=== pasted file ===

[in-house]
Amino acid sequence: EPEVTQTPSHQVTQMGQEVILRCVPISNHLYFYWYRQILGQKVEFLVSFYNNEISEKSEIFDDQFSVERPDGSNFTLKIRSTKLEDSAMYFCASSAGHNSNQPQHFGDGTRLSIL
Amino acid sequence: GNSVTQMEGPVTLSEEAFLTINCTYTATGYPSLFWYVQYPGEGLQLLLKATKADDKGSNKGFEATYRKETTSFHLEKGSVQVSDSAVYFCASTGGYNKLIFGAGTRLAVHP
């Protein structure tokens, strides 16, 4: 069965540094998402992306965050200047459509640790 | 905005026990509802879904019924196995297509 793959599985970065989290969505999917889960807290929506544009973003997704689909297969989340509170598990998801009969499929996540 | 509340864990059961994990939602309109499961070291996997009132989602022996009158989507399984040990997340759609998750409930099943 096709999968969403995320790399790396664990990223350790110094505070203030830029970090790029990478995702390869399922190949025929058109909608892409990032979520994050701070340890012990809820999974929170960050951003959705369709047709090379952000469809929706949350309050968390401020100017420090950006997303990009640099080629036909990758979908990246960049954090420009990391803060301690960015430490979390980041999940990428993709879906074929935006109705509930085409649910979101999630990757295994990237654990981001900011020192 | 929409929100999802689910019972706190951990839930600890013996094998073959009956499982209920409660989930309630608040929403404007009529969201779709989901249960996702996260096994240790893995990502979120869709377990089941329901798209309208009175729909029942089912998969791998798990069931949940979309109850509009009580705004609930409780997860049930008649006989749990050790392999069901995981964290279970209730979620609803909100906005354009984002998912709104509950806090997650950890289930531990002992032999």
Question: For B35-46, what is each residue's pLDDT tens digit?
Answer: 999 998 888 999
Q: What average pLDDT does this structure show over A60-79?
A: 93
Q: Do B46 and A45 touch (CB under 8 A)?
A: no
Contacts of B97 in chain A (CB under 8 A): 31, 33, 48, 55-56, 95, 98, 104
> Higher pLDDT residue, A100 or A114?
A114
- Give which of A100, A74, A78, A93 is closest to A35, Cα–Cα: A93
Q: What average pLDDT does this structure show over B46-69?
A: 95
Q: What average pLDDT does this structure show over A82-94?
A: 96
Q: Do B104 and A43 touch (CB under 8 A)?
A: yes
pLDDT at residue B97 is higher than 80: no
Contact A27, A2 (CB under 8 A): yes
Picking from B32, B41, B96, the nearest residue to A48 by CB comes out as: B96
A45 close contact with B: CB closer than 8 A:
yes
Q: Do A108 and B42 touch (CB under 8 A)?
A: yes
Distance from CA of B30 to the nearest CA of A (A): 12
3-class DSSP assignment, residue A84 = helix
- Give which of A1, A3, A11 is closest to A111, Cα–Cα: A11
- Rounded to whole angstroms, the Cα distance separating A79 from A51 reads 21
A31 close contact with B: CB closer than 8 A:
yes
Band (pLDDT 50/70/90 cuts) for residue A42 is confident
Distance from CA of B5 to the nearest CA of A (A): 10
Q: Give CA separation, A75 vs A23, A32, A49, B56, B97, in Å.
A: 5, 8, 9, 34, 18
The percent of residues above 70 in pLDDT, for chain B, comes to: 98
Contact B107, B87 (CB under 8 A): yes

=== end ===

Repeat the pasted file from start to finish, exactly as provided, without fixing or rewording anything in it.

[in-house]
Amino acid sequence: EPEVTQTPSHQVTQMGQEVILRCVPISNHLYFYWYRQILGQKVEFLVSFYNNEISEKSEIFDDQFSVERPDGSNFTLKIRSTKLEDSAMYFCASSAGHNSNQPQHFGDGTRLSIL
Amino acid sequence: GNSVTQMEGPVTLSEEAFLTINCTYTATGYPSLFWYVQYPGEGLQLLLKATKADDKGSNKGFEATYRKETTSFHLEKGSVQVSDSAVYFCASTGGYNKLIFGAGTRLAVHP
């Protein structure tokens, strides 16, 4: 069965540094998402992306965050200047459509640790 | 905005026990509802879904019924196995297509 793959599985970065989290969505999917889960807290929506544009973003997704689909297969989340509170598990998801009969499929996540 | 509340864990059961994990939602309109499961070291996997009132989602022996009158989507399984040990997340759609998750409930099943 096709999968969403995320790399790396664990990223350790110094505070203030830029970090790029990478995702390869399922190949025929058109909608892409990032979520994050701070340890012990809820999974929170960050951003959705369709047709090379952000469809929706949350309050968390401020100017420090950006997303990009640099080629036909990758979908990246960049954090420009990391803060301690960015430490979390980041999940990428993709879906074929935006109705509930085409649910979101999630990757295994990237654990981001900011020192 | 929409929100999802689910019972706190951990839930600890013996094998073959009956499982209920409660989930309630608040929403404007009529969201779709989901249960996702996260096994240790893995990502979120869709377990089941329901798209309208009175729909029942089912998969791998798990069931949940979309109850509009009580705004609930409780997860049930008649006989749990050790392999069901995981964290279970209730979620609803909100906005354009984002998912709104509950806090997650950890289930531990002992032999």
Question: For B35-46, what is each residue's pLDDT tens digit?
Answer: 999 998 888 999
Q: What average pLDDT does this structure show over A60-79?
A: 93
Q: Do B46 and A45 touch (CB under 8 A)?
A: no
Contacts of B97 in chain A (CB under 8 A): 31, 33, 48, 55-56, 95, 98, 104
> Higher pLDDT residue, A100 or A114?
A114
- Give which of A100, A74, A78, A93 is closest to A35, Cα–Cα: A93
Q: What average pLDDT does this structure show over B46-69?
A: 95
Q: What average pLDDT does this structure show over A82-94?
A: 96
Q: Do B104 and A43 touch (CB under 8 A)?
A: yes
pLDDT at residue B97 is higher than 80: no
Contact A27, A2 (CB under 8 A): yes
Picking from B32, B41, B96, the nearest residue to A48 by CB comes out as: B96
A45 close contact with B: CB closer than 8 A:
yes
Q: Do A108 and B42 touch (CB under 8 A)?
A: yes
Distance from CA of B30 to the nearest CA of A (A): 12
3-class DSSP assignment, residue A84 = helix
- Give which of A1, A3, A11 is closest to A111, Cα–Cα: A11
- Rounded to whole angstroms, the Cα distance separating A79 from A51 reads 21
A31 close contact with B: CB closer than 8 A:
yes
Band (pLDDT 50/70/90 cuts) for residue A42 is confident
Distance from CA of B5 to the nearest CA of A (A): 10
Q: Give CA separation, A75 vs A23, A32, A49, B56, B97, in Å.
A: 5, 8, 9, 34, 18
The percent of residues above 70 in pLDDT, for chain B, comes to: 98
Contact B107, B87 (CB under 8 A): yes